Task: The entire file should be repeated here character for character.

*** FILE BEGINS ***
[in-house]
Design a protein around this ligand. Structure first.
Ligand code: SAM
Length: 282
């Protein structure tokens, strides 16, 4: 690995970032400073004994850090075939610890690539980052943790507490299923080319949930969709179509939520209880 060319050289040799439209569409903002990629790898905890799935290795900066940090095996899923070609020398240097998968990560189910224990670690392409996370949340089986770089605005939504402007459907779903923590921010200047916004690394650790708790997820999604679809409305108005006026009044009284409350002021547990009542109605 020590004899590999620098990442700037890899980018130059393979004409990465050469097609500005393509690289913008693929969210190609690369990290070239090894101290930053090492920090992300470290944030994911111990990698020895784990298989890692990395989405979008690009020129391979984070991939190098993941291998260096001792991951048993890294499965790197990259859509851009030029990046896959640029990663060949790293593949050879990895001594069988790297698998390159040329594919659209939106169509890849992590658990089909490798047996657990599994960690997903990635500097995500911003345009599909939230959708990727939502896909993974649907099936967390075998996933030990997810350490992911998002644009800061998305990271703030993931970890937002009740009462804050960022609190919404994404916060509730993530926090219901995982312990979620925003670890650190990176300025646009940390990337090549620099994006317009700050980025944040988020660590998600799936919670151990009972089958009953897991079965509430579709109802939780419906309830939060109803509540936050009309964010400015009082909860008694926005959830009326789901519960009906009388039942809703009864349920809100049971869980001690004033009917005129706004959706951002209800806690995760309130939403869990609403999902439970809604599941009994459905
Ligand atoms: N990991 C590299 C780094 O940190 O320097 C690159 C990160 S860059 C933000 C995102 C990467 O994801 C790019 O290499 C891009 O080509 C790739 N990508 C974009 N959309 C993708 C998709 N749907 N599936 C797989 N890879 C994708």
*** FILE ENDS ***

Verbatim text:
[in-house]
Design a protein around this ligand. Structure first.
Ligand code: SAM
Length: 282
């Protein structure tokens, strides 16, 4: 690995970032400073004994850090075939610890690539980052943790507490299923080319949930969709179509939520209880 060319050289040799439209569409903002990629790898905890799935290795900066940090095996899923070609020398240097998968990560189910224990670690392409996370949340089986770089605005939504402007459907779903923590921010200047916004690394650790708790997820999604679809409305108005006026009044009284409350002021547990009542109605 020590004899590999620098990442700037890899980018130059393979004409990465050469097609500005393509690289913008693929969210190609690369990290070239090894101290930053090492920090992300470290944030994911111990990698020895784990298989890692990395989405979008690009020129391979984070991939190098993941291998260096001792991951048993890294499965790197990259859509851009030029990046896959640029990663060949790293593949050879990895001594069988790297698998390159040329594919659209939106169509890849992590658990089909490798047996657990599994960690997903990635500097995500911003345009599909939230959708990727939502896909993974649907099936967390075998996933030990997810350490992911998002644009800061998305990271703030993931970890937002009740009462804050960022609190919404994404916060509730993530926090219901995982312990979620925003670890650190990176300025646009940390990337090549620099994006317009700050980025944040988020660590998600799936919670151990009972089958009953897991079965509430579709109802939780419906309830939060109803509540936050009309964010400015009082909860008694926005959830009326789901519960009906009388039942809703009864349920809100049971869980001690004033009917005129706004959706951002209800806690995760309130939403869990609403999902439970809604599941009994459905
Ligand atoms: N990991 C590299 C780094 O940190 O320097 C690159 C990160 S860059 C933000 C995102 C990467 O994801 C790019 O290499 C891009 O080509 C790739 N990508 C974009 N959309 C993708 C998709 N749907 N599936 C797989 N890879 C994708």